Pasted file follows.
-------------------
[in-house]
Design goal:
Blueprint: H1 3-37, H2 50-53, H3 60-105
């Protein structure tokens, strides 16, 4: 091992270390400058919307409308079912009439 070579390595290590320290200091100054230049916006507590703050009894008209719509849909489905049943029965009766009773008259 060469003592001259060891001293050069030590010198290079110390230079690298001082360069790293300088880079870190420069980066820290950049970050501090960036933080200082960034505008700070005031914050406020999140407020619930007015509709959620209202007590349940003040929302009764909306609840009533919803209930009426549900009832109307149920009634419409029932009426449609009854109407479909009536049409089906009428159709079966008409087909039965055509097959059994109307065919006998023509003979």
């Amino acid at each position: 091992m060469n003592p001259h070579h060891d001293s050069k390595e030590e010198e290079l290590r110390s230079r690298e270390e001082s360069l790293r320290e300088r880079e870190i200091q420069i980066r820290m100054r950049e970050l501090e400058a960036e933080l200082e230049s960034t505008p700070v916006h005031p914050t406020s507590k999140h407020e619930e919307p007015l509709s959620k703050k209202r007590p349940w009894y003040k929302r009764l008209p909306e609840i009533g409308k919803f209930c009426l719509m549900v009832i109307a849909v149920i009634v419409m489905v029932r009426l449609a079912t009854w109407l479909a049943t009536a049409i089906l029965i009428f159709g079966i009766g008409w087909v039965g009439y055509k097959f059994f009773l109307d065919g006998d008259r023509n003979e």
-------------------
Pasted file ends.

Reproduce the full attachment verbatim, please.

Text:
[in-house]
Design goal:
Blueprint: H1 3-37, H2 50-53, H3 60-105
């Protein structure tokens, strides 16, 4: 091992270390400058919307409308079912009439 070579390595290590320290200091100054230049916006507590703050009894008209719509849909489905049943029965009766009773008259 060469003592001259060891001293050069030590010198290079110390230079690298001082360069790293300088880079870190420069980066820290950049970050501090960036933080200082960034505008700070005031914050406020999140407020619930007015509709959620209202007590349940003040929302009764909306609840009533919803209930009426549900009832109307149920009634419409029932009426449609009854109407479909009536049409089906009428159709079966008409087909039965055509097959059994109307065919006998023509003979």
């Amino acid at each position: 091992m060469n003592p001259h070579h060891d001293s050069k390595e030590e010198e290079l290590r110390s230079r690298e270390e001082s360069l790293r320290e300088r880079e870190i200091q420069i980066r820290m100054r950049e970050l501090e400058a960036e933080l200082e230049s960034t505008p700070v916006h005031p914050t406020s507590k999140h407020e619930e919307p007015l509709s959620k703050k209202r007590p349940w009894y003040k929302r009764l008209p909306e609840i009533g409308k919803f209930c009426l719509m549900v009832i109307a849909v149920i009634v419409m489905v029932r009426l449609a079912t009854w109407l479909a049943t009536a049409i089906l029965i009428f159709g079966i009766g008409w087909v039965g009439y055509k097959f059994f009773l109307d065919g006998d008259r023509n003979e």